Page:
I am an introvert. I think everyone knows that about me. Some because they know me well, others because they see me in the corner at parties with a look of strained pleasantness on my face, anxiously clicking my fingernails and repeatedly moving a strand of hair out of my eyes. The same strand that has been nicely tucked behind my ear all the time. I try to look like I’m just enjoying my surroundings, but I’m really wondering how many times I can get a drink refill, go to the restroom, or check my phone without it looking suspicious. If I have a choice between going out to socialize at a party or staying at home in my sweats and smartwool socks I’ll always take the latter, unless my conscious prickles me too much and then I’ll bribe myself into going with a promised extra long time on the couch the next day to read and sip my coffee in solitude. Let me know when the pictoral encyclopedia is looking for a new update for their entry on introversion. I can send them my picture.
Other than the problem of the world having so many people in it that I’ll probably have to encounter – or worst of all call on the phone, I really like being an introvert. I am an advocate for equality among personality types – and want everyone to know that introverts are awesome. Just as awesome as those fun, talkative extraverts. I’m all for living into your personality and finding the best ways to function in the way God has made you. Sometimes however I find myself using my personality type (do you remember that MBTI test you took in college? My introversion was at the very farthest it could go) as an excuse to justify avoiding people. I decline invitations, look for quick exits, and opt for an evening in frequently because I am an introvert and those things just have so many people. I’m fairly happy by myself and my husband provides me with the social life that I need. Other people are just time away from these things that I enjoy most.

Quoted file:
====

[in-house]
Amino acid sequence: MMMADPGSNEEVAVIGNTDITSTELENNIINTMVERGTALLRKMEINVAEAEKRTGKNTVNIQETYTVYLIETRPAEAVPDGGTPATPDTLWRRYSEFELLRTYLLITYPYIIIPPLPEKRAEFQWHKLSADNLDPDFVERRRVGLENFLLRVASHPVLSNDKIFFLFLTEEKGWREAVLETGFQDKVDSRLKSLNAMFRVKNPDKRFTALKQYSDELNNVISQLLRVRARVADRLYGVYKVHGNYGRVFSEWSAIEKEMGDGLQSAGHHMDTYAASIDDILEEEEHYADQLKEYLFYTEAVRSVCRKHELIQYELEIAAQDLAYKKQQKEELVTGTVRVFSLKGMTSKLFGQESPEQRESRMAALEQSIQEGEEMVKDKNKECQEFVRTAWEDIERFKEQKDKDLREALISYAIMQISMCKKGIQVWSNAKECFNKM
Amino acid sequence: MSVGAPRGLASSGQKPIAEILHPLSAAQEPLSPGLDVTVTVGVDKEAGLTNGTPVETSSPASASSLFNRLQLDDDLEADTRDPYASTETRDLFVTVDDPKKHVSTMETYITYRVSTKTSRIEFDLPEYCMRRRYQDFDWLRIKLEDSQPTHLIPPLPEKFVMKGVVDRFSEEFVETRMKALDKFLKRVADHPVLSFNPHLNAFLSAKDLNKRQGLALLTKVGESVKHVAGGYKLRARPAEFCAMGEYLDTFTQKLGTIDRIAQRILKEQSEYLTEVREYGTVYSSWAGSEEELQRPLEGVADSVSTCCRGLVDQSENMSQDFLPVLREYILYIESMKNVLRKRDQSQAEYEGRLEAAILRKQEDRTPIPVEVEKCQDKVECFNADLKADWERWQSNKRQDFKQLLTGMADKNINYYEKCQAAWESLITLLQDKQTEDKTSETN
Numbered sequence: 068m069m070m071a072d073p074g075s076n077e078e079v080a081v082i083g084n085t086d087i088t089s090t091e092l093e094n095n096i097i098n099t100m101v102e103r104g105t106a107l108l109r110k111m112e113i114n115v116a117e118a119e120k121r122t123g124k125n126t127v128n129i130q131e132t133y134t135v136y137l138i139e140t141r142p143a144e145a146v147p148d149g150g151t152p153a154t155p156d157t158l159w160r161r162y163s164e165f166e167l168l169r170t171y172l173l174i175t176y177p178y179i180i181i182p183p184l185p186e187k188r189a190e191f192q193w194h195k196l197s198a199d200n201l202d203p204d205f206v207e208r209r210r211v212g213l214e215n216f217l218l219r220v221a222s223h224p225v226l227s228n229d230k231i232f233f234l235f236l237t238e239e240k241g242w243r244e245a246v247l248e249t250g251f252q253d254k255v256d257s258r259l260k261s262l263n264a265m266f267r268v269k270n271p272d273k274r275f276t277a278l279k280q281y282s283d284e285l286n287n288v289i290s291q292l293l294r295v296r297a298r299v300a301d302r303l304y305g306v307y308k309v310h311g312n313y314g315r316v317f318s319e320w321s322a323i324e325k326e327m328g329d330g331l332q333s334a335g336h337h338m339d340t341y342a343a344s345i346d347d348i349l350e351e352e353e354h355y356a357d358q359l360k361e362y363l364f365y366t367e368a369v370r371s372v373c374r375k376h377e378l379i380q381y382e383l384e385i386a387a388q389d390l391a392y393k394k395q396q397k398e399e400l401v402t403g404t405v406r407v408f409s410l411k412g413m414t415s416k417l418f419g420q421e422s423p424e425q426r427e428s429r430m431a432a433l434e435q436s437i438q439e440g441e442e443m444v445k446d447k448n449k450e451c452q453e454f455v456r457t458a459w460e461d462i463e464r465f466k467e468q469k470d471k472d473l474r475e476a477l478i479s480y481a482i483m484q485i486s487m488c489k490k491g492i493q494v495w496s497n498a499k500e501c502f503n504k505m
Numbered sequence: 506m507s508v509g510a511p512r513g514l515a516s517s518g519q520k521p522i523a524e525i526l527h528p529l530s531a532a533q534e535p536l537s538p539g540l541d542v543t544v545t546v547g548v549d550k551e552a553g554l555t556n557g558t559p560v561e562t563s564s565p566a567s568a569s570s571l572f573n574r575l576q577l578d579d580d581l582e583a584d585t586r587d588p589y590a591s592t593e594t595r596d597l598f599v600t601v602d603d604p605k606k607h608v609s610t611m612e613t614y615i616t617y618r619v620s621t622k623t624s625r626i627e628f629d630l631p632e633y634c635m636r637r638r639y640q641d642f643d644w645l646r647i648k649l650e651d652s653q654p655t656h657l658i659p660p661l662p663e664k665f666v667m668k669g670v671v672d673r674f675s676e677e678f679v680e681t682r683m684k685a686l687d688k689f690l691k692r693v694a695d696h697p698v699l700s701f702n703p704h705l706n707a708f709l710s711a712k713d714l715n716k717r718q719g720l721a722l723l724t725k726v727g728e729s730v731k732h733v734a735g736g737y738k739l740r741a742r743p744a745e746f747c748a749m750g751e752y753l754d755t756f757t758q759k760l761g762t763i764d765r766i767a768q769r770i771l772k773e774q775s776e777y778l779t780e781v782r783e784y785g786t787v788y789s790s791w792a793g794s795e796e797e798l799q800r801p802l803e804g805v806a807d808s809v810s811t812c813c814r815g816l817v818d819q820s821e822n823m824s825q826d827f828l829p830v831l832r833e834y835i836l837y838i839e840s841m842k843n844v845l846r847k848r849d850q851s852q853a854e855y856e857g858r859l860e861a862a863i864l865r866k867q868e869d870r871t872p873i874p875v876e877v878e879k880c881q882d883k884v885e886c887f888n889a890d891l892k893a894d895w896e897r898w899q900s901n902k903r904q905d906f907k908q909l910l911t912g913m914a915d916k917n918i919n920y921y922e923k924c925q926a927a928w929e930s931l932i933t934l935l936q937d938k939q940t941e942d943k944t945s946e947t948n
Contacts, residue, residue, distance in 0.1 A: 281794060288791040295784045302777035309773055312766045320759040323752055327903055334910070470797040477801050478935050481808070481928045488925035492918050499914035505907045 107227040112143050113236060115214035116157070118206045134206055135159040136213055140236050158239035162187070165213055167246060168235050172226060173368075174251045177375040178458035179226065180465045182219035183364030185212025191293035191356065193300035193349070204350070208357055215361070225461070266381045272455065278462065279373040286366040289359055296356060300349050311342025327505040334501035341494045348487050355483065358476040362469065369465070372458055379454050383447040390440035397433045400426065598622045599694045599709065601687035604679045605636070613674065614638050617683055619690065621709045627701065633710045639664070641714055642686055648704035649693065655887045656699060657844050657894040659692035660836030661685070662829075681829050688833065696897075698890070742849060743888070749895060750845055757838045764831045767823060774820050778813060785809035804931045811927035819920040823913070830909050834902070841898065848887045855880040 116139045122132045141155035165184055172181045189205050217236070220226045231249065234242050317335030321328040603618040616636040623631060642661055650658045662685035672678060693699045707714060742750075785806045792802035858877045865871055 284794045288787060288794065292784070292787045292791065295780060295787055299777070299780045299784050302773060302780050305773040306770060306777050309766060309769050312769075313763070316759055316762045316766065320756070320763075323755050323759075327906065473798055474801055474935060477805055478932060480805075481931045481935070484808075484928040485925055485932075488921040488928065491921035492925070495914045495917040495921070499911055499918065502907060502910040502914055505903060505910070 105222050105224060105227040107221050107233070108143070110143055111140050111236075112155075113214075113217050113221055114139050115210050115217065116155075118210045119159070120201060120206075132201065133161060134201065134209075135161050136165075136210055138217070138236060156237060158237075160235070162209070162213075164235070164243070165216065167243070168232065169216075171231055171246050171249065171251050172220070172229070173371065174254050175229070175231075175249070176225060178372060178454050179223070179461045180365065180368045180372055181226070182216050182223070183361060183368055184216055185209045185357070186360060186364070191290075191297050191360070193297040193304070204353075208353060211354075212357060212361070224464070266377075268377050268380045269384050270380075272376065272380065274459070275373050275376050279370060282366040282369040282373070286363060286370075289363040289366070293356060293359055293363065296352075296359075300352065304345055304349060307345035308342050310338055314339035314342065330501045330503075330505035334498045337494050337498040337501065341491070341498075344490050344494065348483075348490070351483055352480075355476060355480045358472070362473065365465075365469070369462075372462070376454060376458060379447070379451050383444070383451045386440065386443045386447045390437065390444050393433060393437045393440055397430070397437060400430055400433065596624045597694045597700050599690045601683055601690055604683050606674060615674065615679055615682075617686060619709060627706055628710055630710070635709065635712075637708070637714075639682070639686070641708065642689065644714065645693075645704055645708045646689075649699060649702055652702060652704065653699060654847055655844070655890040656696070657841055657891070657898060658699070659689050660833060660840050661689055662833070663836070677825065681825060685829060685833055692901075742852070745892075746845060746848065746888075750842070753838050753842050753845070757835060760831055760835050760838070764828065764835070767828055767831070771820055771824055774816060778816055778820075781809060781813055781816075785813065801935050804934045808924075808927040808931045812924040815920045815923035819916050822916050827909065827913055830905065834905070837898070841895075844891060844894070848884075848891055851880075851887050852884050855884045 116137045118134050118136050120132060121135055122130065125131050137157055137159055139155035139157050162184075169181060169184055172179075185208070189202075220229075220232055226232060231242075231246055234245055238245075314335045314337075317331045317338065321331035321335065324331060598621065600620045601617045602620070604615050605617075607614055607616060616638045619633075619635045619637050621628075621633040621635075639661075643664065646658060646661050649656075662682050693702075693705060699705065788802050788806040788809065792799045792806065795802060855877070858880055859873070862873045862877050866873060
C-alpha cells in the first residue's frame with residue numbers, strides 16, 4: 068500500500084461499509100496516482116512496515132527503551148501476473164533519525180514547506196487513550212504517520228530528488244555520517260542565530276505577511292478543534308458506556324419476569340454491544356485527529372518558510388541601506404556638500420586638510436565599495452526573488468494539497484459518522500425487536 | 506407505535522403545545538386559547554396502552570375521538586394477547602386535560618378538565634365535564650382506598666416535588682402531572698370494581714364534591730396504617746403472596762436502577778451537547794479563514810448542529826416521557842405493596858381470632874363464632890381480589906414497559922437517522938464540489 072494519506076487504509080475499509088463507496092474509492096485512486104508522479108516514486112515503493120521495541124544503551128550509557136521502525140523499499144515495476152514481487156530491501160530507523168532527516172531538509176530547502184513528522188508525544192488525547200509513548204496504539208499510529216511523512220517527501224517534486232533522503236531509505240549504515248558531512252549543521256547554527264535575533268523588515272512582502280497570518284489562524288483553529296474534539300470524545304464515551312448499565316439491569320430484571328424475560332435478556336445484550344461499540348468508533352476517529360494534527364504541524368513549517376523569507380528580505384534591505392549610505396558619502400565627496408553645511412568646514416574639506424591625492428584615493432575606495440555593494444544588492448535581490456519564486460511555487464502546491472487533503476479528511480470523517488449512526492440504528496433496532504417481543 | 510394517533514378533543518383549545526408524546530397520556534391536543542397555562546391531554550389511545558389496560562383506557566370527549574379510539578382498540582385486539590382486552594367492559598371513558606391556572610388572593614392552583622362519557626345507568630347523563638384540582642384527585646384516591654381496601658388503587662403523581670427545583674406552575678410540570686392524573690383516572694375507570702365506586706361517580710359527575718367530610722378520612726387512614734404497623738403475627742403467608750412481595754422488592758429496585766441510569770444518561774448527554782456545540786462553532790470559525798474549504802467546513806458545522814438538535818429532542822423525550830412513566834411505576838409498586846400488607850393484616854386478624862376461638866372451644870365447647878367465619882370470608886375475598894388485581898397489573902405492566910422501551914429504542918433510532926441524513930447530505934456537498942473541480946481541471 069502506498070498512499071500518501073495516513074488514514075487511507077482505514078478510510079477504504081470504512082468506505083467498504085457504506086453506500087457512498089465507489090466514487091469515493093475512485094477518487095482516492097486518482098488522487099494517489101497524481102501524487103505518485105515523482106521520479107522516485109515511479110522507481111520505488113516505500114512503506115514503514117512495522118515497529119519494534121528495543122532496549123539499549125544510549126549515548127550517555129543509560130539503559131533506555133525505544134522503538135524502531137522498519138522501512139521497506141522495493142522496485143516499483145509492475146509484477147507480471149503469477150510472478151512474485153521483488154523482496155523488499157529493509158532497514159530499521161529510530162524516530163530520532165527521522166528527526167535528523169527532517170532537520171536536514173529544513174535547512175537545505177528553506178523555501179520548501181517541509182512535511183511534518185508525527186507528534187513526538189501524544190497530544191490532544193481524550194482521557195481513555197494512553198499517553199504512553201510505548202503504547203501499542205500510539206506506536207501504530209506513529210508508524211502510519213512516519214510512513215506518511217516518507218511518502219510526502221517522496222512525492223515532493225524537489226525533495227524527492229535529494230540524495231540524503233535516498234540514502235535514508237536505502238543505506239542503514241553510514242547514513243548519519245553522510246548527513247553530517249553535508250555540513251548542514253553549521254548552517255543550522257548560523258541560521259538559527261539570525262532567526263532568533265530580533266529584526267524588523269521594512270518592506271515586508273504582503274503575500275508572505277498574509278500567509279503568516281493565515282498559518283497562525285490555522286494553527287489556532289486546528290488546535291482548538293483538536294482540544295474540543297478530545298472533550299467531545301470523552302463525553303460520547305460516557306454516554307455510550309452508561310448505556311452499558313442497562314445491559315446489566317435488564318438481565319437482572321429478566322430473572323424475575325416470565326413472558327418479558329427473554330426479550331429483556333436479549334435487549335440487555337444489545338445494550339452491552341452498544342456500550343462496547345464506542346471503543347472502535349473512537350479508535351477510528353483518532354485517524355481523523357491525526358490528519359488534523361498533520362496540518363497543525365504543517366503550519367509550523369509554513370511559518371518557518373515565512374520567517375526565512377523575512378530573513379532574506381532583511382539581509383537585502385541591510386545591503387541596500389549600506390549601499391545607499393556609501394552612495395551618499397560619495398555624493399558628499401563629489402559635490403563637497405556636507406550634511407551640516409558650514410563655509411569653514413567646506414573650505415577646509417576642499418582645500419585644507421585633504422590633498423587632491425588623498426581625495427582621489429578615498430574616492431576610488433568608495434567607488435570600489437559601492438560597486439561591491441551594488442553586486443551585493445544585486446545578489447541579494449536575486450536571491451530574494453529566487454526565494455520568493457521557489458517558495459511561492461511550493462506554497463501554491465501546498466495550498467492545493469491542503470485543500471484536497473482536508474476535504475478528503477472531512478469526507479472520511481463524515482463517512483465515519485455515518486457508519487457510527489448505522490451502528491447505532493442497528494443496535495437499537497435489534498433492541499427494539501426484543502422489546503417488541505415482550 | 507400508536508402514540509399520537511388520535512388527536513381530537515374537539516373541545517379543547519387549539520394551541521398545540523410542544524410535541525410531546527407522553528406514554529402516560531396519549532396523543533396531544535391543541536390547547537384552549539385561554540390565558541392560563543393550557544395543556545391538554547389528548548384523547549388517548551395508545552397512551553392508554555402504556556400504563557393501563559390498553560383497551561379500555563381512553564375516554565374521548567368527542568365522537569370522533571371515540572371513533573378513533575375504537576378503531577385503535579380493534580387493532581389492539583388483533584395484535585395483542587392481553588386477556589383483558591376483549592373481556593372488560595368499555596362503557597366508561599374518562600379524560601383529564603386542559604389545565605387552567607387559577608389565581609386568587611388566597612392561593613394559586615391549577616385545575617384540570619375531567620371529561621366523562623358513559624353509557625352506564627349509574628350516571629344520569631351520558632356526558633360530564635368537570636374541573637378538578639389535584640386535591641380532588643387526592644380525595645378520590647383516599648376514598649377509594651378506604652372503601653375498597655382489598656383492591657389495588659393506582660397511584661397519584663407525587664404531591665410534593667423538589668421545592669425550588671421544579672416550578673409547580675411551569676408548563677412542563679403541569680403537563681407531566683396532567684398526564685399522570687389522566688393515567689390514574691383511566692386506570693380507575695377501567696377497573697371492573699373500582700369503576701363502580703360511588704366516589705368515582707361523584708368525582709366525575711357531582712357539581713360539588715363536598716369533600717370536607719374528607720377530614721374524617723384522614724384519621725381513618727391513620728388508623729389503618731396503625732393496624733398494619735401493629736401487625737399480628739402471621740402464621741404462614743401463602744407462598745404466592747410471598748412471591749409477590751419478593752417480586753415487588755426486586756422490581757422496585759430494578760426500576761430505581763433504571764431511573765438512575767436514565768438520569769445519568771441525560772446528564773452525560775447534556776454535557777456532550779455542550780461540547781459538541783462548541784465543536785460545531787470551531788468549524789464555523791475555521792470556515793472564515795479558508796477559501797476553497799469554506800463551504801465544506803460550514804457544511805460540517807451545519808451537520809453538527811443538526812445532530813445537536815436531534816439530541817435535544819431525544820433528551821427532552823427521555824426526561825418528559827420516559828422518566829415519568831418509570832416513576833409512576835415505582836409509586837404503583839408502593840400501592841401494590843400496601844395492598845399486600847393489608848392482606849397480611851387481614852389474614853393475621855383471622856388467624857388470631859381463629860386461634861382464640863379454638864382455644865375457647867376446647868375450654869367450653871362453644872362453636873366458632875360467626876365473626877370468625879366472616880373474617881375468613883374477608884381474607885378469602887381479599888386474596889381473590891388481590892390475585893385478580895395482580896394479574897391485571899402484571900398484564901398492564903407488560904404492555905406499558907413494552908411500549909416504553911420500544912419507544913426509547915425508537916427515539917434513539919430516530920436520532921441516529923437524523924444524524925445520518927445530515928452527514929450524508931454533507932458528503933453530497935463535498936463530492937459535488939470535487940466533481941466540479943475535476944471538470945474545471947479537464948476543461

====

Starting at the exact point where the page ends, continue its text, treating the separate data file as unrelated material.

At least that’s my thought process when I’m at my house debating whether to go out or stay in, to pursue a conversation with someone or just keep to myself.
But there’s a fullness in community that, in spite of my strong introversion, I am refreshed by. I forget about it, I think I’m fine on my own. And then I force myself to do something, to be with people, to share life a little. And I remember. There’s a reason we’re called a body. We are not whole without fellowship with others. We are a small fragment, doing our job in this world, a pinky toe or an elbow. Our jobs are small on our own. But when we come together we are whole, all the parts functioning together to form a complete body.
I am still an introvert. That won’t ever change. Large groups will probably never excite me. But it cannot be an excuse for isolating myself. A shared life is a whole life.